The legacy of late developer Tony Goldman is taking shape in Wynwood, as his company is about to add offices, retail and apartments to the former warehouse district north of downtown Miami.
In Goldman's eye, each street in Wynwood was to play a specific role in the area's redevelopment. He had amassed a significant number of properties there in the last decade.
Goldman died Sept. 11 of heart failure. He was 68 years old.
This month, Goldman Properties, Wynwood's largest property owner, plans to start construction in the "adaptive re-use" of two aging warehouses along Northwest 26th Street. That street would connect Northwest Second Avenue, the heart of the district, to sleepy Fifth Avenue.
"It was always Tony's desire that 26th Street be like the Eight Street of the South Beach endeavor," said Marlo Courtney, Goldman Properties' managing director.
Eighth Street home of trendy stores including A/X Armani Exchange, Adidas, Diesel, Kenneth Cole and Banana Republic connects Ocean Drive to Washington Avenue in Miami Beach's Art Deco district. In the 1980s and 1990s, Goldman played a pivotal role in helping create and shape the Art Deco district. The South Beach moves followed Goldman's role in the successful revitalization of New York's Soho neighborhood in the late 1970s.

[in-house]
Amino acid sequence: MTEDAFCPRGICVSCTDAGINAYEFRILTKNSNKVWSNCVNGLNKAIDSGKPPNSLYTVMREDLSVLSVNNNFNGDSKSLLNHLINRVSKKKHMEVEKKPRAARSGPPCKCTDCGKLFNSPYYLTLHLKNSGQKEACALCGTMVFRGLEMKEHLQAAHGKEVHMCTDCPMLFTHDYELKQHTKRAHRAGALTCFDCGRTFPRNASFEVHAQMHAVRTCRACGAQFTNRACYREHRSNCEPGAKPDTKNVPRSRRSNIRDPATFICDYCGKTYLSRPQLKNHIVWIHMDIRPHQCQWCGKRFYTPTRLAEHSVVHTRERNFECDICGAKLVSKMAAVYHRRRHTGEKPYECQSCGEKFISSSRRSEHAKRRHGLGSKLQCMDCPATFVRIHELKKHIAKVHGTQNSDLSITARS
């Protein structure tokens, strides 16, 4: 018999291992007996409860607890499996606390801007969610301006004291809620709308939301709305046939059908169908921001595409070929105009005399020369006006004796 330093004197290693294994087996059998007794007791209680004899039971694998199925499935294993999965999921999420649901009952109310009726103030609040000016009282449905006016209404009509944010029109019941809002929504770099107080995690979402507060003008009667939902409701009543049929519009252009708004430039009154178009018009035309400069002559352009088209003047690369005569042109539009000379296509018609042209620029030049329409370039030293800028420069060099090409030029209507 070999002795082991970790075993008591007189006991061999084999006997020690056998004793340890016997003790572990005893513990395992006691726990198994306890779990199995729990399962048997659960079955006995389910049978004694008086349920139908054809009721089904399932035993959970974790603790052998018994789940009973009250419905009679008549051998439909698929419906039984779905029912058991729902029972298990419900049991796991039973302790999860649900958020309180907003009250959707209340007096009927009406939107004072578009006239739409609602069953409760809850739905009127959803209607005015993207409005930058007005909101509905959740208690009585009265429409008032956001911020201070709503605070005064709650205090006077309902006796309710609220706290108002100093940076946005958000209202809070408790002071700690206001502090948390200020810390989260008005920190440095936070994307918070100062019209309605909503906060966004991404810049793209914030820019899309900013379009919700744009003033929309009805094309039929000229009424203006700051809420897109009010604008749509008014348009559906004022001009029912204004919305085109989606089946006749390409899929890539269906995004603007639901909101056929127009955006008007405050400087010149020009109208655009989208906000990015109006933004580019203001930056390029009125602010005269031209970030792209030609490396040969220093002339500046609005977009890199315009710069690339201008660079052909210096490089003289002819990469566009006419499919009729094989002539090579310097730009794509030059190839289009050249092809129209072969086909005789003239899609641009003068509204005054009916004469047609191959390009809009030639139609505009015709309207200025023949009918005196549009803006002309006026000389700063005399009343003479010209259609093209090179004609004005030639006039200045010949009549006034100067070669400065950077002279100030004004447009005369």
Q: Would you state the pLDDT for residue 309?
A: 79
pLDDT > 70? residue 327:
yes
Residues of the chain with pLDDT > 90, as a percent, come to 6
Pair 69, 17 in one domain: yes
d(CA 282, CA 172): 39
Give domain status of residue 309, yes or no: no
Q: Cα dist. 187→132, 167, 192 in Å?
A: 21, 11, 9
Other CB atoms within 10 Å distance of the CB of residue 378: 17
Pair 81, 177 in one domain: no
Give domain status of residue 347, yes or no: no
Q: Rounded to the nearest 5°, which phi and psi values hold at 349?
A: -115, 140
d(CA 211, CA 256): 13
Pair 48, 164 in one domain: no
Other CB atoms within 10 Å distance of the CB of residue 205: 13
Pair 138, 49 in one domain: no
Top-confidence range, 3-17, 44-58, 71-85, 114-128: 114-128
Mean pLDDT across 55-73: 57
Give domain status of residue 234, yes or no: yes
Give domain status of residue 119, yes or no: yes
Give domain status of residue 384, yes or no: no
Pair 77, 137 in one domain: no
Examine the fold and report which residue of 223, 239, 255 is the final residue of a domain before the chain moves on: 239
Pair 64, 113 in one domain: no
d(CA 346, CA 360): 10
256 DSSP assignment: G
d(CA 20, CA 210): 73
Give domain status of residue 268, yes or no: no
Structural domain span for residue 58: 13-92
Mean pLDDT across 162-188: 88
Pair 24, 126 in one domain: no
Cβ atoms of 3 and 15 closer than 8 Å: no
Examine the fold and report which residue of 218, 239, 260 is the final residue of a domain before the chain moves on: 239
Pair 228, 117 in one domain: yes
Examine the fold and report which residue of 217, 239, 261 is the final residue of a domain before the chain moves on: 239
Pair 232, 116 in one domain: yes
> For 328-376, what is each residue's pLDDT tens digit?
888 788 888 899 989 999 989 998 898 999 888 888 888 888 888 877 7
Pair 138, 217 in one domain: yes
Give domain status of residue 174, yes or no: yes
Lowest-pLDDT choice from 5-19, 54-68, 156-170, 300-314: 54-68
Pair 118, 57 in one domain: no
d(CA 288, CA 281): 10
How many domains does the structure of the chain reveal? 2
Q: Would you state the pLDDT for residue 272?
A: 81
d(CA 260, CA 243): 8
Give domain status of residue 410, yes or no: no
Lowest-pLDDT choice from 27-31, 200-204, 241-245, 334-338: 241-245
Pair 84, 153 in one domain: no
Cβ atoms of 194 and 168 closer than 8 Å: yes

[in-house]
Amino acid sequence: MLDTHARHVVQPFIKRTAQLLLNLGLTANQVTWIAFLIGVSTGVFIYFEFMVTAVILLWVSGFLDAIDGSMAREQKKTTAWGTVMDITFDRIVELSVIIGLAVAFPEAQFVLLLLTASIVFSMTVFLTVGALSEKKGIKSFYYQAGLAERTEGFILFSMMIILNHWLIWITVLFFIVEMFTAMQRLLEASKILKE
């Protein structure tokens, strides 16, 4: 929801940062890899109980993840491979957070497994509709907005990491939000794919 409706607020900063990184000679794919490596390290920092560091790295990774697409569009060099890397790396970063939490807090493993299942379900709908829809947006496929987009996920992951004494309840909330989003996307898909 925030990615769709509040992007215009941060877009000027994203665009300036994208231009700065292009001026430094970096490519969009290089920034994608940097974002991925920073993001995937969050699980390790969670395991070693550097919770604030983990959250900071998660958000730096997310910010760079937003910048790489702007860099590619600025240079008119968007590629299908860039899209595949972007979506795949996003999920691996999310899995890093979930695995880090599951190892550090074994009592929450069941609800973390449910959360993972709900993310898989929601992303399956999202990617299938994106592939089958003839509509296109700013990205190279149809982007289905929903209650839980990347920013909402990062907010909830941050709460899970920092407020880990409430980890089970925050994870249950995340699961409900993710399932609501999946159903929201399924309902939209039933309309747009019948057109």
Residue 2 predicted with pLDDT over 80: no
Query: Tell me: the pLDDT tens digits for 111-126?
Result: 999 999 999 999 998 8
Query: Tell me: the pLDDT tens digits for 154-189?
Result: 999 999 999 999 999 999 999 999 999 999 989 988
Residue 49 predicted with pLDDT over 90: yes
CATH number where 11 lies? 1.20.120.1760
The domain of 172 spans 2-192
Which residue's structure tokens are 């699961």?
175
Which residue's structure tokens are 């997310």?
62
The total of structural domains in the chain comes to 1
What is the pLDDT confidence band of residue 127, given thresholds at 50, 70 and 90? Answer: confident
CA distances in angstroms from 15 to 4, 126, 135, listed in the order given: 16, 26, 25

Now, after acquiring nearly 250,000 square feet of properties in Wynwood, Goldman Properties is again executing its late leader's vision. The company is now led by daughter Jessica Goldman Srebnick and son Charles "Joey" Goldman.
This month, the company will begin renovating a three-story, 17,000-square-foot shoe warehouse at 331 NW 26th St. The company plans to build eight rental apartments on the top floor, about 1,200 square feet of office space on the second floor and about 7,000 square feet of retail space on the ground floor, Courtney said.
The mixed-use project would be named Wynwood House. With a construction budget of $1.7 million, Wynwood House could open in mid-2013, he said.
These are the first residential units Goldman Properties is building in Wynwood, a mostly commercial area. Goldman said during a 2010 interview with the Daily Business Review that to make a neighborhood vibrant, people must live in it, not just visit or work there.